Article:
A recent study has confirmed that methicillin-resistant Staphylococcus aureus (MRSA) is being transmitted from animals to people (NY Times story, and NPR story). While this has long been suspected, the University of Cambridge study uncovered more concrete evidence by studying cases of MRSA in Denmark – a country where a generally low incidence of MRSA means sources for exposure are lower than in the rest of the world. Geneticists were able to compare MRSA samples from both patients and the infected livestock they owned, and discovered a similarity in the genes of the bacteria indicating likely transmission.
These findings highlight warnings issued by those in agricultural public health for years, who have long suggested that the overuse of antibiotics on livestock could pose huge risks for humans. Managers of factory farms have been known to use antibiotics on all animals to encourage growth, a practice which may encourage the development of drug-resistant pathogens. This study demonstrates that these new hard-to-treat germs could easily make people very sick.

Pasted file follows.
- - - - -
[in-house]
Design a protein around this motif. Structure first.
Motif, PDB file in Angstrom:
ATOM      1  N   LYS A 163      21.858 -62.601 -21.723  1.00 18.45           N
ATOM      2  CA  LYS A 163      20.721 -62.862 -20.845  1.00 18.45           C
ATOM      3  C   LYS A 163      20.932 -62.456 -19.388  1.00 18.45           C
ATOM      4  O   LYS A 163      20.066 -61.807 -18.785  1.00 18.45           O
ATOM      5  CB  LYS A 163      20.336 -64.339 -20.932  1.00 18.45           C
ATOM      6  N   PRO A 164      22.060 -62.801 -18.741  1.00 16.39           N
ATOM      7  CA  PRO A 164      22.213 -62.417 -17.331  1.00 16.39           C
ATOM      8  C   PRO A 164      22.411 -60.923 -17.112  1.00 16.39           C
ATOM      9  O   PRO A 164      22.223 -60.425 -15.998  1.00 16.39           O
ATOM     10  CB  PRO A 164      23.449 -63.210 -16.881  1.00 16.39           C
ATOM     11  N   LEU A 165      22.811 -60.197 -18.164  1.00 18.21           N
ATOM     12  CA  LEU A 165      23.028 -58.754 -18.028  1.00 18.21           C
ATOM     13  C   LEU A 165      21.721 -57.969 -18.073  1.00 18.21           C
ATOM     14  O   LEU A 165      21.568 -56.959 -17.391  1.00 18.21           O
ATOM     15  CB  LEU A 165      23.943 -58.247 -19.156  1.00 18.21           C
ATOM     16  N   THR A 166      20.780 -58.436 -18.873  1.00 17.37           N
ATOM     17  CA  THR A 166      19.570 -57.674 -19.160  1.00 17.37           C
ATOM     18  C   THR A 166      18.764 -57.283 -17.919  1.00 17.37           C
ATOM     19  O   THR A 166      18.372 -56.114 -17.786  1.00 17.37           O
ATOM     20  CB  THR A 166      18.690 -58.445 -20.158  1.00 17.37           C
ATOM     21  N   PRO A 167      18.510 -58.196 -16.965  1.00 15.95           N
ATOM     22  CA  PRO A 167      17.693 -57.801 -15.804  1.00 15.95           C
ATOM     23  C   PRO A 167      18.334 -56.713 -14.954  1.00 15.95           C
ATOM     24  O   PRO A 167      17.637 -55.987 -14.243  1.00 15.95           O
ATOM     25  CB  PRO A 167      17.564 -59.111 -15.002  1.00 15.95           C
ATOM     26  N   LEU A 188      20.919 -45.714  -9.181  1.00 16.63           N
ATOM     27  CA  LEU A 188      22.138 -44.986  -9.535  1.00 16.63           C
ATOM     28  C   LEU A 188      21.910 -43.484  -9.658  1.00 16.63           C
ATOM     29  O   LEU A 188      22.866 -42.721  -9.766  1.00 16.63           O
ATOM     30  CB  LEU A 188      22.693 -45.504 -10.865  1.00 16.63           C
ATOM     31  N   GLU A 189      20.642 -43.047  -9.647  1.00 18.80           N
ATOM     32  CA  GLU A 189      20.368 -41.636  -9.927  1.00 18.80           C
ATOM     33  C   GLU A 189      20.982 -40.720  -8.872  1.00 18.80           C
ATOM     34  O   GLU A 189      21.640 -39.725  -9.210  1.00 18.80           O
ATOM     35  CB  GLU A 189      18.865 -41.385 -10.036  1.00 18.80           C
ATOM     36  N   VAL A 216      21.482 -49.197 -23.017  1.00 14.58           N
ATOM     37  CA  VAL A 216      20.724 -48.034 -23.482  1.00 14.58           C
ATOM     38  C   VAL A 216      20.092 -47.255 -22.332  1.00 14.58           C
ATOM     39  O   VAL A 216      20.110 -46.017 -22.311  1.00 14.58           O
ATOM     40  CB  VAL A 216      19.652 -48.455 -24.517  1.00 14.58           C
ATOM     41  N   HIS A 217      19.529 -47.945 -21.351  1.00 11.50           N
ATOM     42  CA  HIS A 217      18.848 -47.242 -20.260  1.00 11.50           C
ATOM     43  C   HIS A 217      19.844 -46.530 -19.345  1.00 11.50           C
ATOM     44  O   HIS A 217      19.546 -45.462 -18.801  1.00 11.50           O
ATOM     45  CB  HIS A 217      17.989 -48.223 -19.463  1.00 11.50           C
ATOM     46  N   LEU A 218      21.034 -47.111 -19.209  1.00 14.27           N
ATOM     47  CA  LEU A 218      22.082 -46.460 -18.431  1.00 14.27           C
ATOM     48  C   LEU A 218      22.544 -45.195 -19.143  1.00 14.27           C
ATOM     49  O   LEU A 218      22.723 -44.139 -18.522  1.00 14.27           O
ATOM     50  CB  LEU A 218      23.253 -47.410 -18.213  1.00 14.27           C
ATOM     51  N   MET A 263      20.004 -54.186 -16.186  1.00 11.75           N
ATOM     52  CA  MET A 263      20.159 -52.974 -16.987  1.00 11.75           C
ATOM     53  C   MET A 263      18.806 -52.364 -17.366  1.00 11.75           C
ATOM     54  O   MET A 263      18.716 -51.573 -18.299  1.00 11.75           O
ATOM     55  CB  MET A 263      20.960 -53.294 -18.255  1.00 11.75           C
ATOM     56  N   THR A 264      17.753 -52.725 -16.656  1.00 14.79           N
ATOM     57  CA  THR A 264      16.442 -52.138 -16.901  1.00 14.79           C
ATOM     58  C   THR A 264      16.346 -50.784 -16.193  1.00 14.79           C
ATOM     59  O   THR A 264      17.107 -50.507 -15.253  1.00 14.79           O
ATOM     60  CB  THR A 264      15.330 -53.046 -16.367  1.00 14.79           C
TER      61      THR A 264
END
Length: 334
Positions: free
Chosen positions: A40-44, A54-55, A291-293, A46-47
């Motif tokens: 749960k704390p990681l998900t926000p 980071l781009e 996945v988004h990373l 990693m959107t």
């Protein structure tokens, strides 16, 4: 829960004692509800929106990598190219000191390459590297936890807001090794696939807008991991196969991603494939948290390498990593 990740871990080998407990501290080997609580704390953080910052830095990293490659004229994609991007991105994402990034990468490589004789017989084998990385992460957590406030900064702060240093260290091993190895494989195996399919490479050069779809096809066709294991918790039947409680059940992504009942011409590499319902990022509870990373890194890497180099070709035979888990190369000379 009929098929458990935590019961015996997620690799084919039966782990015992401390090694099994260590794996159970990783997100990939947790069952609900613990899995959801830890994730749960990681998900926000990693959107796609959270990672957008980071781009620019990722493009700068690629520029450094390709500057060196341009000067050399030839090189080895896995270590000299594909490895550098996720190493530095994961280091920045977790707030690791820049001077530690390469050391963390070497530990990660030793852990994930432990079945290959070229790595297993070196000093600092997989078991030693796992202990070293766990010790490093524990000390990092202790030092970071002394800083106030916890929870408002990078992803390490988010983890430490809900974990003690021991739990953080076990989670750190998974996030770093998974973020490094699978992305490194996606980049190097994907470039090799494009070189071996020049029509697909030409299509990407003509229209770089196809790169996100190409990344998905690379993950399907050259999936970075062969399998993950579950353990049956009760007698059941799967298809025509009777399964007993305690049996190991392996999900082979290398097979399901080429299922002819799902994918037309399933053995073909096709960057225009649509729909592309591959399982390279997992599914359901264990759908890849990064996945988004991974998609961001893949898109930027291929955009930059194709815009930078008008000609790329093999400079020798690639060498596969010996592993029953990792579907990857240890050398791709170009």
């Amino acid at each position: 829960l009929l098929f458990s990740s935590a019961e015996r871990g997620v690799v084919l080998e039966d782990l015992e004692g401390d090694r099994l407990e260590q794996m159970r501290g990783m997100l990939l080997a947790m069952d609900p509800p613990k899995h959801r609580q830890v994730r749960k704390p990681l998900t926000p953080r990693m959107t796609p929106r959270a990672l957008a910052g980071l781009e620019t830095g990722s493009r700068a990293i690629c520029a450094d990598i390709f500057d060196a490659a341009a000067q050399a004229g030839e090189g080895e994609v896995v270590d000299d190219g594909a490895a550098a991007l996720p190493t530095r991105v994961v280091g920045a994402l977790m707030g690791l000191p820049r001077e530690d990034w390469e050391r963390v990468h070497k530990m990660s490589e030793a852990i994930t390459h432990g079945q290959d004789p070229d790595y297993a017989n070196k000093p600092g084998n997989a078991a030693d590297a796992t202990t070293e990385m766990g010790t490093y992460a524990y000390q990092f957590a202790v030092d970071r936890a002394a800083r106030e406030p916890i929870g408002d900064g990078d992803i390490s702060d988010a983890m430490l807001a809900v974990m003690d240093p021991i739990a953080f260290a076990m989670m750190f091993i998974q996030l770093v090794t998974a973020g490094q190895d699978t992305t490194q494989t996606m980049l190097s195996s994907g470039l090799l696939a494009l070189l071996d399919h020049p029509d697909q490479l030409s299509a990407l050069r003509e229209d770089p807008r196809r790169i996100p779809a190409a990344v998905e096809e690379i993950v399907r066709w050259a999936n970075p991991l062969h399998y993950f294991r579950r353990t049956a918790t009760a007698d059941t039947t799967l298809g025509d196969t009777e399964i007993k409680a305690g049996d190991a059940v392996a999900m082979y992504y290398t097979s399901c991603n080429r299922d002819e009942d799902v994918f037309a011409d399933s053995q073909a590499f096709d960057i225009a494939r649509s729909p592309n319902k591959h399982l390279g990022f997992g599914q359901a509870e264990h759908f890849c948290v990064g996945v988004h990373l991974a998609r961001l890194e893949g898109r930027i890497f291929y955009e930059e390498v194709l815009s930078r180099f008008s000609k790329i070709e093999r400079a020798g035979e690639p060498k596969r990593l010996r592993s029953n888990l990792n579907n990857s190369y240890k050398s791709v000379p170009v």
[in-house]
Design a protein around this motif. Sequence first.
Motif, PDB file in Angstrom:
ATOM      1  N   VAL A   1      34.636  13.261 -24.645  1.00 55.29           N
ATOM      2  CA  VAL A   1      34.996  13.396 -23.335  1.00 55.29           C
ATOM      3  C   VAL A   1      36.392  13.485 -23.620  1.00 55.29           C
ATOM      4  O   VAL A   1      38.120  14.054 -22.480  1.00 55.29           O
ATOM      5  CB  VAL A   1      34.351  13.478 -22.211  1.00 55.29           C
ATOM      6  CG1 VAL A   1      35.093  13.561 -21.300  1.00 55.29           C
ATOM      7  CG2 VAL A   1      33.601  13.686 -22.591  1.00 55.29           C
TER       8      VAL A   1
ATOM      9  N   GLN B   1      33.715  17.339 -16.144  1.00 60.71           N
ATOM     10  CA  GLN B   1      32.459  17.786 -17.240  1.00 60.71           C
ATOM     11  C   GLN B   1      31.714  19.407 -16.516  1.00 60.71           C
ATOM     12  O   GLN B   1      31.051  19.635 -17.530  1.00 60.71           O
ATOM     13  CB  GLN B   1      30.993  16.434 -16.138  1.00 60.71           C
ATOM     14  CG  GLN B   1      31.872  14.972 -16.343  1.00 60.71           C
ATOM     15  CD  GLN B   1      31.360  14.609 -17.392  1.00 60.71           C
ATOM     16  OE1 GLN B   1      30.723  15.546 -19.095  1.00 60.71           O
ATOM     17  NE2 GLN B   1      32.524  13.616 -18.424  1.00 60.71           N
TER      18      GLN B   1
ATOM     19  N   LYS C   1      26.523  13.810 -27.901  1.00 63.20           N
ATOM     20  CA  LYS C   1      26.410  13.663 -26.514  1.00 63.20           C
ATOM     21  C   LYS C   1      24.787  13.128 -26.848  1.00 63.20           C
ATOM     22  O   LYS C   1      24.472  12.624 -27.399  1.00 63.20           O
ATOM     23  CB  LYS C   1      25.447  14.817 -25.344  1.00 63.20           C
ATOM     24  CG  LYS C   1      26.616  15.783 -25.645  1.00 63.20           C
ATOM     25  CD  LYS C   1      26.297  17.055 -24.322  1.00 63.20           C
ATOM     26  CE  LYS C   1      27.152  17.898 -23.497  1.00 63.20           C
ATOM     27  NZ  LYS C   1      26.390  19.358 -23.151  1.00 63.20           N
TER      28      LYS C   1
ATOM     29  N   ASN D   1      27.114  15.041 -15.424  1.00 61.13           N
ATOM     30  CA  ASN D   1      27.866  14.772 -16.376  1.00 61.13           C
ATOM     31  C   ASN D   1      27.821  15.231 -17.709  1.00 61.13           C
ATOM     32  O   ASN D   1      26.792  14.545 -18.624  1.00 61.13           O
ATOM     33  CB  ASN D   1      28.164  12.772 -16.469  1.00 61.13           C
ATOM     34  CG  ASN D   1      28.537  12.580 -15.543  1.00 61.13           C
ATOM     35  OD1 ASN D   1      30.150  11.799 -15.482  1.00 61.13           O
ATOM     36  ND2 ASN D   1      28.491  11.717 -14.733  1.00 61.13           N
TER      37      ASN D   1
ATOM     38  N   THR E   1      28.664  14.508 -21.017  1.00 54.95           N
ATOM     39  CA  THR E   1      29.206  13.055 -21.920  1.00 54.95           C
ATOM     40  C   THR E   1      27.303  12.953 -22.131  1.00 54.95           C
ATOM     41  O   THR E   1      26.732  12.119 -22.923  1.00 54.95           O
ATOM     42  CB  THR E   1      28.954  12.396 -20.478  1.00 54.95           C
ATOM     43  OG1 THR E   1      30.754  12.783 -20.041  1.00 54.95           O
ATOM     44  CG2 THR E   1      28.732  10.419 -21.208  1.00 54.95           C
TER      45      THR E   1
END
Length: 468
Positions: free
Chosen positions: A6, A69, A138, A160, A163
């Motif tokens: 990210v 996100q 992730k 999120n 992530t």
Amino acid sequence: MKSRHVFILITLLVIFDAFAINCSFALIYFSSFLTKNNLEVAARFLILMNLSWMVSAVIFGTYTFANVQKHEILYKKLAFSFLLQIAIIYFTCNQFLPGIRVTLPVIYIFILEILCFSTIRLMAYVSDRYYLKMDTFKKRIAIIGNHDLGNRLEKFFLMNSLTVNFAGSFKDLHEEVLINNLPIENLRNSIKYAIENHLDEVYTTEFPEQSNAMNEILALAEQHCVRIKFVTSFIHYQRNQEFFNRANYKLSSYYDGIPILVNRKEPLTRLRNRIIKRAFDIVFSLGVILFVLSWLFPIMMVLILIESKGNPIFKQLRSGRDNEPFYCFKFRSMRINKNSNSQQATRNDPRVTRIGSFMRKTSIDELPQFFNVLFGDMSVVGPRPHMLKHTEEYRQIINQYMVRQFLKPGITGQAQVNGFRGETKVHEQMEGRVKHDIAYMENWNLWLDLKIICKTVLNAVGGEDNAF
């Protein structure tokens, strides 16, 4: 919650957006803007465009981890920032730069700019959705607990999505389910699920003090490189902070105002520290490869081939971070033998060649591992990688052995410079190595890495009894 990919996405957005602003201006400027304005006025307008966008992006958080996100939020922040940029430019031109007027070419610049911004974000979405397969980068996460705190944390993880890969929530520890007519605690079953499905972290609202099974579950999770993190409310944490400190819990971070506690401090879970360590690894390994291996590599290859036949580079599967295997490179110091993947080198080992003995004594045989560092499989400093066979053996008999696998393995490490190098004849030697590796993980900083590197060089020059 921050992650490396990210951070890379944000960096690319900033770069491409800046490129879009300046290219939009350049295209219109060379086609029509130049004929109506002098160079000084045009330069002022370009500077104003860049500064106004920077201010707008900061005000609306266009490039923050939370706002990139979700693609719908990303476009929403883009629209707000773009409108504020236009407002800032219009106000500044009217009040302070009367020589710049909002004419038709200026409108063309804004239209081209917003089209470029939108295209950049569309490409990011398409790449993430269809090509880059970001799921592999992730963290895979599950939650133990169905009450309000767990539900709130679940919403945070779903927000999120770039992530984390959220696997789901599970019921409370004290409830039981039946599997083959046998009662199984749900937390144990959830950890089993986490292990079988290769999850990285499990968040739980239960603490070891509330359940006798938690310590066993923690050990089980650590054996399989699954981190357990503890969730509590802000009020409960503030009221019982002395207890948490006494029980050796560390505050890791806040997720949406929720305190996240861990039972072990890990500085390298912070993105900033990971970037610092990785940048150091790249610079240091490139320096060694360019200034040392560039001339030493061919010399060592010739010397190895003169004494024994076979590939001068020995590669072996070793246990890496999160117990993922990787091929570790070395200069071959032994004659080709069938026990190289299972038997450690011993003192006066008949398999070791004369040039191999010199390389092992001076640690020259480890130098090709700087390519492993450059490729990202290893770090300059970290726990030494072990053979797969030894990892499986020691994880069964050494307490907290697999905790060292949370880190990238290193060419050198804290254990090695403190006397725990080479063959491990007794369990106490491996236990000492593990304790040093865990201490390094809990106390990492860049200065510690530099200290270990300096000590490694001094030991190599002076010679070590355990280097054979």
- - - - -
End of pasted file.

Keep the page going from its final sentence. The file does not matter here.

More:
The FDA has moved for voluntary action from farms to curb the spread of drug-resistant pathogens, asking those in the food industry to phase out blanket application of antibiotics. Previously, the FDA has pushed for stronger restrictions on antibiotics, partnering with the CDC in a statement condemning the current state of their use in agriculture. However, in 2011, the FDA veered away from efforts to regulate antibiotics, choosing the voluntary path instead.
HCFA has worked extensively with MRSA prevention in hospitals, and this new research poses an additional challenge to those efforts. Farm workers, for instance, who are unaware that they have been infected, may be hospitalized and introduce MRSA to the hospital, risking the health of other patients, especially those with weakened immune systems. With so much at stake, responsible use of antibiotics in animals is essential.